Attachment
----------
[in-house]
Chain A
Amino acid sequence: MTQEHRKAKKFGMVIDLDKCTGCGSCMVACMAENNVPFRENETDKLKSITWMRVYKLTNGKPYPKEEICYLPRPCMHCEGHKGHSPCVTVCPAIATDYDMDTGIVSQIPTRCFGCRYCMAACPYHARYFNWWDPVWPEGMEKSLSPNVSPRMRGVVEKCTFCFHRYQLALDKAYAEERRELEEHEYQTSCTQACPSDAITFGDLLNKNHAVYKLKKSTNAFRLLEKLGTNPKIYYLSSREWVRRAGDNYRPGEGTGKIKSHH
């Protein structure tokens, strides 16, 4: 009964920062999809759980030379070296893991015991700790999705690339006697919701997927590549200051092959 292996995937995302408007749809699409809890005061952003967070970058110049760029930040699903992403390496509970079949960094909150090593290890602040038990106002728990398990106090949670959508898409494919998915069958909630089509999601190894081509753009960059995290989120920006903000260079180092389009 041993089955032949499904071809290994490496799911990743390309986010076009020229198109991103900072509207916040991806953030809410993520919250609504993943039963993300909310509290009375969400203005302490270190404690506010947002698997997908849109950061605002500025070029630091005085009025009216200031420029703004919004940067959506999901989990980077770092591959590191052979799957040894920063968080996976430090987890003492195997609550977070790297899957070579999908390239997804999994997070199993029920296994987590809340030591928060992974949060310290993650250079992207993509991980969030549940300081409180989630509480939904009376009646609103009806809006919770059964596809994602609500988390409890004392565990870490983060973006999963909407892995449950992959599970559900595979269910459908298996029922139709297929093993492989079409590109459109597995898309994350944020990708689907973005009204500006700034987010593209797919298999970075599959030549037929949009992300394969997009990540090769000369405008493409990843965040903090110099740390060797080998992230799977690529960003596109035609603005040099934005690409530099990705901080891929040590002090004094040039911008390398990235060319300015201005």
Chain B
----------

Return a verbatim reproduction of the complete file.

[in-house]
Chain A
Amino acid sequence: MTQEHRKAKKFGMVIDLDKCTGCGSCMVACMAENNVPFRENETDKLKSITWMRVYKLTNGKPYPKEEICYLPRPCMHCEGHKGHSPCVTVCPAIATDYDMDTGIVSQIPTRCFGCRYCMAACPYHARYFNWWDPVWPEGMEKSLSPNVSPRMRGVVEKCTFCFHRYQLALDKAYAEERRELEEHEYQTSCTQACPSDAITFGDLLNKNHAVYKLKKSTNAFRLLEKLGTNPKIYYLSSREWVRRAGDNYRPGEGTGKIKSHH
């Protein structure tokens, strides 16, 4: 009964920062999809759980030379070296893991015991700790999705690339006697919701997927590549200051092959 292996995937995302408007749809699409809890005061952003967070970058110049760029930040699903992403390496509970079949960094909150090593290890602040038990106002728990398990106090949670959508898409494919998915069958909630089509999601190894081509753009960059995290989120920006903000260079180092389009 041993089955032949499904071809290994490496799911990743390309986010076009020229198109991103900072509207916040991806953030809410993520919250609504993943039963993300909310509290009375969400203005302490270190404690506010947002698997997908849109950061605002500025070029630091005085009025009216200031420029703004919004940067959506999901989990980077770092591959590191052979799957040894920063968080996976430090987890003492195997609550977070790297899957070579999908390239997804999994997070199993029920296994987590809340030591928060992974949060310290993650250079992207993509991980969030549940300081409180989630509480939904009376009646609103009806809006919770059964596809994602609500988390409890004392565990870490983060973006999963909407892995449950992959599970559900595979269910459908298996029922139709297929093993492989079409590109459109597995898309994350944020990708689907973005009204500006700034987010593209797919298999970075599959030549037929949009992300394969997009990540090769000369405008493409990843965040903090110099740390060797080998992230799977690529960003596109035609603005040099934005690409530099990705901080891929040590002090004094040039911008390398990235060319300015201005």
Chain B